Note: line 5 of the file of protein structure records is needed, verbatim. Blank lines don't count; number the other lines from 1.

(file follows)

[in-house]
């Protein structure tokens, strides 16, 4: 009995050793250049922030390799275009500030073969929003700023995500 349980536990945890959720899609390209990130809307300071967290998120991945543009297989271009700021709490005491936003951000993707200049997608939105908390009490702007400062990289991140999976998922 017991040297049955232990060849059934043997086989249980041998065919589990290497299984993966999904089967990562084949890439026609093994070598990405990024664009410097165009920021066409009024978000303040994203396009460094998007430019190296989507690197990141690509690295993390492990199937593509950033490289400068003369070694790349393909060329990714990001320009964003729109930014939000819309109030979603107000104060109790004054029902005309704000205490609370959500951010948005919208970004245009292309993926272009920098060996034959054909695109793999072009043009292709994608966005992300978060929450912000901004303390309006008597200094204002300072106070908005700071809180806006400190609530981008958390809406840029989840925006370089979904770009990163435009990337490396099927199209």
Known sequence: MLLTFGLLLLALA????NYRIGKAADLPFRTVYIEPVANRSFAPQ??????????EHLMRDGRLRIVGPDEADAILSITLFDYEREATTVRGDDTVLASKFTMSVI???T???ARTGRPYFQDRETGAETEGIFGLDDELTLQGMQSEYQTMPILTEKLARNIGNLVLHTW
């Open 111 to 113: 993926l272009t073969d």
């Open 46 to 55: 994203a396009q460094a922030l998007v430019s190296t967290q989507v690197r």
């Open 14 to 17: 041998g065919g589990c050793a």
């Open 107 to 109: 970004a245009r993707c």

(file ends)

């Open 46 to 55: 994203a396009q460094a922030l998007v430019s190296t967290q989507v690197r």